The Lord’s Prayer

Albert Einstein was once at a lecture in New York when, as it finished, a student who wanted to go and study for a doctorate asked him what area of study he could recommend.  Einstein replied, “Study prayer; we have got to find out more about prayer.” The student, himself a scientist, was gobsmacked; he thought the Nobel Prize winner and world famous physicist would point him towards nuclear studies or further work on the atom but no, he recommended prayer.

Today we encounter Jesus’ teaching on prayer, which is more radical, challenging and life-changing than we may at first realize because it encourages an approach or attitude to prayer which we might not share or even appreciate. The Lord Jesus positively and unambiguously encourages a bold, confident, even brazen attitude towards approaching God in prayer. The Lord wants us to cultivate a way of praying that is hopeful, expectant and sure of God’s goodness and generosity.

No prayer captures this more beautifully and perfectly than the Our Father, which the Lord himself taught us to pray.  The Our Father is the Magna Carta, the blueprint, for all prayer.  Despite being so short and compact, it encapsulates the essence of prayer and the very heart of our relationship with God. St Augustine said of the Our Father: “If you run through the petitions of all holy prayers, I believe you will find nothing that is not summed up and contained in the Lord’s Prayer.”  Jesus further uses the story about a bold and persistent neighbour, who has the hind of a rhino and simply refuses to take no for an answer, to reveal that God the Father is not like the unwilling neighbour, but is a generous, kind and benevolent provider for his children’s needs.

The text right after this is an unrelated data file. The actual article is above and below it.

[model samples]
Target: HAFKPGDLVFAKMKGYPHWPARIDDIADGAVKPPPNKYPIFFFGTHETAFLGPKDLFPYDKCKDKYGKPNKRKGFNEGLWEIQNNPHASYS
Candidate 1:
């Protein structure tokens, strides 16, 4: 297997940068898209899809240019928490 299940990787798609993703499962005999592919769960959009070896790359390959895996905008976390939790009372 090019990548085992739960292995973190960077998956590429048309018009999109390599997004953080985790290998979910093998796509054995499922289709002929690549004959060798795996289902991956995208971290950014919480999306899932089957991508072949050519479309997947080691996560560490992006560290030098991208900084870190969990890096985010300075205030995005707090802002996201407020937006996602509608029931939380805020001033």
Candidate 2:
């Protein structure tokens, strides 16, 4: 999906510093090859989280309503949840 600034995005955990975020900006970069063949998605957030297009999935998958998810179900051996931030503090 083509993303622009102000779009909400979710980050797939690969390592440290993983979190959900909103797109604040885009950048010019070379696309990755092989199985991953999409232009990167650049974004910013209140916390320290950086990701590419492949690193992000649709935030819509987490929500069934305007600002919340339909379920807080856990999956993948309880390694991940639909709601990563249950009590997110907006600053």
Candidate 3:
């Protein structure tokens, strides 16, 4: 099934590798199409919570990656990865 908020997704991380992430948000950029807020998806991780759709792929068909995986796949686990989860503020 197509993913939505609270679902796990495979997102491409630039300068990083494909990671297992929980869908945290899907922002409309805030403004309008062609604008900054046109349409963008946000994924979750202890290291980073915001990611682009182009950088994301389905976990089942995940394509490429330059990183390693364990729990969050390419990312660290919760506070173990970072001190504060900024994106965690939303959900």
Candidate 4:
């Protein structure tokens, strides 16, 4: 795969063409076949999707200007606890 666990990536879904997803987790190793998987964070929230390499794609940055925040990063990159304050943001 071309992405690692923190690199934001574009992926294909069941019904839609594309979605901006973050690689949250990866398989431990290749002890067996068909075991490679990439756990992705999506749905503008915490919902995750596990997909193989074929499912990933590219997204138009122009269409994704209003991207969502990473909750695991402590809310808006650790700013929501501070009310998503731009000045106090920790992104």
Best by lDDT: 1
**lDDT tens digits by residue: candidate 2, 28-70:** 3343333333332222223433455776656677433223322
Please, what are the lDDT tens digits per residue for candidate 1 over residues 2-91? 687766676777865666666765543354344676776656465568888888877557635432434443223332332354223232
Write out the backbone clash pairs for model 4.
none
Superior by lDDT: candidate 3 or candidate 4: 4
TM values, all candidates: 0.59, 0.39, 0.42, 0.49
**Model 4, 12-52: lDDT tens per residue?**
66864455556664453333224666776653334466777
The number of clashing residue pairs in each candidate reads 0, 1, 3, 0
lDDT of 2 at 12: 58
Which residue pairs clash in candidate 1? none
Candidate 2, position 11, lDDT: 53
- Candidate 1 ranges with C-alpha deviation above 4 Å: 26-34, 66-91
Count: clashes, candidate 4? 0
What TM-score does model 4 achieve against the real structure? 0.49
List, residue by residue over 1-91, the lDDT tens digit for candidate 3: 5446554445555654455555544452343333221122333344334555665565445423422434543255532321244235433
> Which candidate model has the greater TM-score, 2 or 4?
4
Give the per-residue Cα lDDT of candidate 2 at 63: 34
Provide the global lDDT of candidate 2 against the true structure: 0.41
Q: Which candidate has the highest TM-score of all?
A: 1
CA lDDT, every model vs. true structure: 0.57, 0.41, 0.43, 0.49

‘Who is God?’ and ‘What is God like?’ are the most important questions we can ask.  Today’s Gospel sheds a dazzling light on these eternal questions. We discover who God is more through prayer than any other spiritual exercise, for it is in prayer that the Spirit works in us to expand not just our minds but our hearts, our imagination and our horizons.

The Lord’s Prayer is the best of all prayers. All prayer requires five excellent qualities which we find here – our prayer needs to be confident, ordered, suitable, devout and humble.’ (St Thomas Aquinas)

Extract from Bible Alive for Sunday 28th July 2019 – 17th Sunday in Ordinary Time.

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